The boss at Ithaca Energy said today he was frustrated by a delay to first oil from the flagship Greater Stella Area in the North Sea.
Aberdeen-headquartered Ithaca said as recently as last week that it expected production to start on Greater Stella at the end of November.
But today the firm said faults had been detected on a number of electrical junction boxes on the FPF-1 floating production facility during routine inspection.
Ithaca said repairs were under way and that all other preparations were going to plan.
The company, which is listed on the London and Toronto stock exchanges, now expects production to start in early January 2017.
The update caused Ithaca shares to drop by almost 9% in early trading in London today.
Ithaca chief executive Les Thomas said: “The safety and integrity of the facility is paramount and we must ensure that everything is done meticulously in advance of the introduction of hydrocarbons into the facility.
“Although any delay to start-up at this stage is frustrating, the value of a thorough inspection programme has been proven and we look forward to completion of this work and the imminent start-up of production.”
Greater Stella includes development of the Stella and Harrier fields, with subsea wells tied back to the FPF-1 floating production unit.
The project is located in the Central Graben area of the central North Sea and is thought to hold more than 30 million barrels of oil.
The FPF-1 arrived on site after setting sail from Poland in August 2016.
The vessel was modified and upgraded by Petrofac for use on Greater Stella.
A spokeswoman for Petrofac said the company was “managing the overall programme of repairs”.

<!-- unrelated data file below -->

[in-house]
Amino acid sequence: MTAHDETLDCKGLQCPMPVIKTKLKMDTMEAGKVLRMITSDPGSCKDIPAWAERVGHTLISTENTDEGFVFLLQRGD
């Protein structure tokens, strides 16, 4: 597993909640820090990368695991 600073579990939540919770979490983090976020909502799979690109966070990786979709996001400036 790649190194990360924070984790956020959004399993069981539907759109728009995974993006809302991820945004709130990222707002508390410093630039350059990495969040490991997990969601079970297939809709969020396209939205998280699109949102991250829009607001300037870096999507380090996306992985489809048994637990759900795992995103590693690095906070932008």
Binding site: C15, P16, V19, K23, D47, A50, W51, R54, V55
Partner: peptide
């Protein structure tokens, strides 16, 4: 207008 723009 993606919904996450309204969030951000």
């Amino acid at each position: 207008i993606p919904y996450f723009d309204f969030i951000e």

She added: “Any costs deemed to be due to the rework will be recovered as appropriate.”
James Carmichael, oil and gas analyst at Peel Hunt, said: “Clearly the change in schedule so close to first production is frustrating, however, the safety of the vessel has to be the priority.
“The economic impact of a one month delay should be limited, and is mitigated by gas hedging in place which can be monetised regardless of the Stella schedule.
“Ithaca has made good progress improving its balance sheet over the last two years, and we expect this process to accelerate during 2017 with Stella likely to double production and significantly reduce group operating costs.”
In its third quarter results update, published last week, Ithaca said it had managed to reduce its net debt from more than $800million (£643million) in the first half of 2015 to £480million at September 30, 2016.
Ithaca said its unit operating costs were running at $23 per barrel and would drop below $20 once Stella starts producing.